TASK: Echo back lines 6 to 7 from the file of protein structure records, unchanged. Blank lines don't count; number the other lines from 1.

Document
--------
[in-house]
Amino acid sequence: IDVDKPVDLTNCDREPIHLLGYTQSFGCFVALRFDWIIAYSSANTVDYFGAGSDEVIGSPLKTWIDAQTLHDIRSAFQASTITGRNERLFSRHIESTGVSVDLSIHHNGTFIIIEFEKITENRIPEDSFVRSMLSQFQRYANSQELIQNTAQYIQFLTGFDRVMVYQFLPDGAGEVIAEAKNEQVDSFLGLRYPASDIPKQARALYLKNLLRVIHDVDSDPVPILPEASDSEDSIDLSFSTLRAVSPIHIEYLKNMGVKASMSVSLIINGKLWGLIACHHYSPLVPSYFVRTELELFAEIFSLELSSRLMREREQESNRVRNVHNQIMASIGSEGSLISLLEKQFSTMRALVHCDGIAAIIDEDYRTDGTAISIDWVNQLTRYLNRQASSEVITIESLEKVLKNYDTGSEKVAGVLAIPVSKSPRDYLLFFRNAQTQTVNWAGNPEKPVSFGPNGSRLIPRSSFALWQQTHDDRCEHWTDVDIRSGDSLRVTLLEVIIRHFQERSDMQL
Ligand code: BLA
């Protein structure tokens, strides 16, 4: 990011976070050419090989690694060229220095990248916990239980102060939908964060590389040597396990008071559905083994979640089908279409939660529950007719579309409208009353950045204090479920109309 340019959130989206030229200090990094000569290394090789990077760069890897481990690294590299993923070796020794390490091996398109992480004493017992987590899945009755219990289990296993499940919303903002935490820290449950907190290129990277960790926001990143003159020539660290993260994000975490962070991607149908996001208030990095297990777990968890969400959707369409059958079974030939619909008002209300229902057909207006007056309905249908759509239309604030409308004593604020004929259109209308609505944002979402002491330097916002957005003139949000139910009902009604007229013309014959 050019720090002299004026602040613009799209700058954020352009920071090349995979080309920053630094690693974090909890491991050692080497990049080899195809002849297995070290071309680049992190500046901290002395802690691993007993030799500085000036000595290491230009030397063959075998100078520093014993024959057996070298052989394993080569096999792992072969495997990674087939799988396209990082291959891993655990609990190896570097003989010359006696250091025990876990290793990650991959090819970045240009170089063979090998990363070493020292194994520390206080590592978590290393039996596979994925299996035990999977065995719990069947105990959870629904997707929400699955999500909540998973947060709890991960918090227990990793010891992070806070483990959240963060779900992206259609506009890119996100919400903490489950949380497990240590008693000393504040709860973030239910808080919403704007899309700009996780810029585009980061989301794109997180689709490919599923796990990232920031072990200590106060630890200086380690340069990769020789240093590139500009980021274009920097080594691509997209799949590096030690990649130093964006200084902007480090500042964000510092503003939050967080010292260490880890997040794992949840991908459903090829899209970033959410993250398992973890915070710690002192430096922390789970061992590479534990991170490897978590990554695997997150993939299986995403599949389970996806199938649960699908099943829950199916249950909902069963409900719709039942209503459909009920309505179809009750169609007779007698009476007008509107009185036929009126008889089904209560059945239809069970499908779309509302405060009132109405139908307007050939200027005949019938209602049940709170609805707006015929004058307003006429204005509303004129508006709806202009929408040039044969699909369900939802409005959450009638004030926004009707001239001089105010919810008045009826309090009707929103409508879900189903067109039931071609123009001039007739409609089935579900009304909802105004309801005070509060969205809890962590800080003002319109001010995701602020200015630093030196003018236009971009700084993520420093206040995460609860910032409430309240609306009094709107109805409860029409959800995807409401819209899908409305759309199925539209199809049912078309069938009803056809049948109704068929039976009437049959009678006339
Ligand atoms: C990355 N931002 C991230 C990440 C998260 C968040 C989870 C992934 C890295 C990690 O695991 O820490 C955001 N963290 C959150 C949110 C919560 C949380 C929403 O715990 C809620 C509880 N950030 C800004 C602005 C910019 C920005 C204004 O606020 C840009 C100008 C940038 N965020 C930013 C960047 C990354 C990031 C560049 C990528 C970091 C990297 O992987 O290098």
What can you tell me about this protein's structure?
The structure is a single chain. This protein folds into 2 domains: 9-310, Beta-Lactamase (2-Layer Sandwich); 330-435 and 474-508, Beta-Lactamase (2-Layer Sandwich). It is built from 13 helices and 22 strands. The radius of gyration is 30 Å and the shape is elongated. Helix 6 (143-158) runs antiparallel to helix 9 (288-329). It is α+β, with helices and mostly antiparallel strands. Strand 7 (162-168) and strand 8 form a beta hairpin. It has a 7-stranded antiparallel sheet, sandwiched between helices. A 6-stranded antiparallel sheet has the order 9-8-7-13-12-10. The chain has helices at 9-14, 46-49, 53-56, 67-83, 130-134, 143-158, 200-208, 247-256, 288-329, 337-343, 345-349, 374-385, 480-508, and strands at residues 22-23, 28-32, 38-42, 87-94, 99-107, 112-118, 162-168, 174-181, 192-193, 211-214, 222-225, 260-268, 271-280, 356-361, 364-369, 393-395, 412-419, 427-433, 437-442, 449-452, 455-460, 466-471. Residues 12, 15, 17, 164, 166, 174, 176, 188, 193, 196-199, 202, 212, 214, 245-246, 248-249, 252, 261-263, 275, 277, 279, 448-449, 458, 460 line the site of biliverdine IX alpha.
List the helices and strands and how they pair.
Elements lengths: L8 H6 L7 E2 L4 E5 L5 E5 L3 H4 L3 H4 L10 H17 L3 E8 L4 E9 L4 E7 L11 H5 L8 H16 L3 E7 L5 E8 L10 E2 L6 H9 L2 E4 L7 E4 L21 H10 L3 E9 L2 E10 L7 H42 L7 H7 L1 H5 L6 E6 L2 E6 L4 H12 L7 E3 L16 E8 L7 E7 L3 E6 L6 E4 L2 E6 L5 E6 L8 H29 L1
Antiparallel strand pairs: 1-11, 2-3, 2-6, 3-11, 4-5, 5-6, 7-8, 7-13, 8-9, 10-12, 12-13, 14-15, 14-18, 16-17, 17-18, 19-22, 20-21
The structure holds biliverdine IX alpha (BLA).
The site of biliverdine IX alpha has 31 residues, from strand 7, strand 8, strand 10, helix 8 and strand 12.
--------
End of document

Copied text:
What can you tell me about this protein's structure?
The structure is a single chain. This protein folds into 2 domains: 9-310, Beta-Lactamase (2-Layer Sandwich); 330-435 and 474-508, Beta-Lactamase (2-Layer Sandwich). It is built from 13 helices and 22 strands. The radius of gyration is 30 Å and the shape is elongated. Helix 6 (143-158) runs antiparallel to helix 9 (288-329). It is α+β, with helices and mostly antiparallel strands. Strand 7 (162-168) and strand 8 form a beta hairpin. It has a 7-stranded antiparallel sheet, sandwiched between helices. A 6-stranded antiparallel sheet has the order 9-8-7-13-12-10. The chain has helices at 9-14, 46-49, 53-56, 67-83, 130-134, 143-158, 200-208, 247-256, 288-329, 337-343, 345-349, 374-385, 480-508, and strands at residues 22-23, 28-32, 38-42, 87-94, 99-107, 112-118, 162-168, 174-181, 192-193, 211-214, 222-225, 260-268, 271-280, 356-361, 364-369, 393-395, 412-419, 427-433, 437-442, 449-452, 455-460, 466-471. Residues 12, 15, 17, 164, 166, 174, 176, 188, 193, 196-199, 202, 212, 214, 245-246, 248-249, 252, 261-263, 275, 277, 279, 448-449, 458, 460 line the site of biliverdine IX alpha.